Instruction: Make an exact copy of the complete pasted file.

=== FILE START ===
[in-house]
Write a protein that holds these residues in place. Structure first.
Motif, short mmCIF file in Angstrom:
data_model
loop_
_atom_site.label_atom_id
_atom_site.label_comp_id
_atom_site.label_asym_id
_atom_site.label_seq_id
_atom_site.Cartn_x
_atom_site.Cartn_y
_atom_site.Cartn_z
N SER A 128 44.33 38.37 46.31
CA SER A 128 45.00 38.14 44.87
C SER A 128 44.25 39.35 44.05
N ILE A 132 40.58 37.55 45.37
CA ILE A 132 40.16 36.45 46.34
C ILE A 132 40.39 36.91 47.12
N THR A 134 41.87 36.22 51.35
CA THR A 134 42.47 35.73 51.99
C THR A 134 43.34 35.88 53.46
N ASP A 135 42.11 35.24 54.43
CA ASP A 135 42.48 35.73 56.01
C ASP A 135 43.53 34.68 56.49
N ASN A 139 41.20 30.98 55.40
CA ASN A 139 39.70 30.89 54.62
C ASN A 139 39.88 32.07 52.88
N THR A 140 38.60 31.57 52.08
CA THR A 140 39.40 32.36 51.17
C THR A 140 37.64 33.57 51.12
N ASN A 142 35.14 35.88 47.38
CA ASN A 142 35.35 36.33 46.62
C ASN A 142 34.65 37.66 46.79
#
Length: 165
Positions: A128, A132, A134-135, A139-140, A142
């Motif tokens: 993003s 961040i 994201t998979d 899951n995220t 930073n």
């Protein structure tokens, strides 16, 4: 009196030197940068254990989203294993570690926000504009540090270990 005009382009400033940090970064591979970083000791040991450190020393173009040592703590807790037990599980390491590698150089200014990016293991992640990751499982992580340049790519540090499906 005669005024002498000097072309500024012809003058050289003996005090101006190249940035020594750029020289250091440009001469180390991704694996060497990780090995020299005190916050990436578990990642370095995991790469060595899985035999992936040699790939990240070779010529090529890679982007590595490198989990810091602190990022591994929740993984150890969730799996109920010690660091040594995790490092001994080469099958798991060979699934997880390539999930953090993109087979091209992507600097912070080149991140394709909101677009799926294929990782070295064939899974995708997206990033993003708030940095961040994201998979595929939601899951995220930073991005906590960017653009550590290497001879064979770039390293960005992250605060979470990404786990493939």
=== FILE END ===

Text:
[in-house]
Write a protein that holds these residues in place. Structure first.
Motif, short mmCIF file in Angstrom:
data_model
loop_
_atom_site.label_atom_id
_atom_site.label_comp_id
_atom_site.label_asym_id
_atom_site.label_seq_id
_atom_site.Cartn_x
_atom_site.Cartn_y
_atom_site.Cartn_z
N SER A 128 44.33 38.37 46.31
CA SER A 128 45.00 38.14 44.87
C SER A 128 44.25 39.35 44.05
N ILE A 132 40.58 37.55 45.37
CA ILE A 132 40.16 36.45 46.34
C ILE A 132 40.39 36.91 47.12
N THR A 134 41.87 36.22 51.35
CA THR A 134 42.47 35.73 51.99
C THR A 134 43.34 35.88 53.46
N ASP A 135 42.11 35.24 54.43
CA ASP A 135 42.48 35.73 56.01
C ASP A 135 43.53 34.68 56.49
N ASN A 139 41.20 30.98 55.40
CA ASN A 139 39.70 30.89 54.62
C ASN A 139 39.88 32.07 52.88
N THR A 140 38.60 31.57 52.08
CA THR A 140 39.40 32.36 51.17
C THR A 140 37.64 33.57 51.12
N ASN A 142 35.14 35.88 47.38
CA ASN A 142 35.35 36.33 46.62
C ASN A 142 34.65 37.66 46.79
#
Length: 165
Positions: A128, A132, A134-135, A139-140, A142
């Motif tokens: 993003s 961040i 994201t998979d 899951n995220t 930073n």
């Protein structure tokens, strides 16, 4: 009196030197940068254990989203294993570690926000504009540090270990 005009382009400033940090970064591979970083000791040991450190020393173009040592703590807790037990599980390491590698150089200014990016293991992640990751499982992580340049790519540090499906 005669005024002498000097072309500024012809003058050289003996005090101006190249940035020594750029020289250091440009001469180390991704694996060497990780090995020299005190916050990436578990990642370095995991790469060595899985035999992936040699790939990240070779010529090529890679982007590595490198989990810091602190990022591994929740993984150890969730799996109920010690660091040594995790490092001994080469099958798991060979699934997880390539999930953090993109087979091209992507600097912070080149991140394709909101677009799926294929990782070295064939899974995708997206990033993003708030940095961040994201998979595929939601899951995220930073991005906590960017653009550590290497001879064979770039390293960005992250605060979470990404786990493939």